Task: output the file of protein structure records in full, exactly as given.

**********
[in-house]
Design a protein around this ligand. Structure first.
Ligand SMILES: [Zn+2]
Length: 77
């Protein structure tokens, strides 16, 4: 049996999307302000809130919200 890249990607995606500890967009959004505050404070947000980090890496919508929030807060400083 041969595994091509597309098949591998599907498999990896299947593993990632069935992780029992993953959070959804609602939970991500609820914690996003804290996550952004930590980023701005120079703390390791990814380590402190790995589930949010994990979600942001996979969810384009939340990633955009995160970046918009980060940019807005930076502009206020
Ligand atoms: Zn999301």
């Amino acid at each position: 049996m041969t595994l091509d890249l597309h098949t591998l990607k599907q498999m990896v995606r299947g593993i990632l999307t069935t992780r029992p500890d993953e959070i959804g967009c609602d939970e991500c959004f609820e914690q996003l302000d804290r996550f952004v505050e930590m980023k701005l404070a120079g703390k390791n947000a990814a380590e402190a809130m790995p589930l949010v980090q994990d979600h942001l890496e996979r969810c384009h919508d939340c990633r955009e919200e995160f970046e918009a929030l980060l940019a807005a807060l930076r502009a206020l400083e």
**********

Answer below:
[in-house]
Design a protein around this ligand. Structure first.
Ligand SMILES: [Zn+2]
Length: 77
């Protein structure tokens, strides 16, 4: 049996999307302000809130919200 890249990607995606500890967009959004505050404070947000980090890496919508929030807060400083 041969595994091509597309098949591998599907498999990896299947593993990632069935992780029992993953959070959804609602939970991500609820914690996003804290996550952004930590980023701005120079703390390791990814380590402190790995589930949010994990979600942001996979969810384009939340990633955009995160970046918009980060940019807005930076502009206020
Ligand atoms: Zn999301």
């Amino acid at each position: 049996m041969t595994l091509d890249l597309h098949t591998l990607k599907q498999m990896v995606r299947g593993i990632l999307t069935t992780r029992p500890d993953e959070i959804g967009c609602d939970e991500c959004f609820e914690q996003l302000d804290r996550f952004v505050e930590m980023k701005l404070a120079g703390k390791n947000a990814a380590e402190a809130m790995p589930l949010v980090q994990d979600h942001l890496e996979r969810c384009h919508d939340c990633r955009e919200e995160f970046e918009a929030l980060l940019a807005a807060l930076r502009a206020l400083e």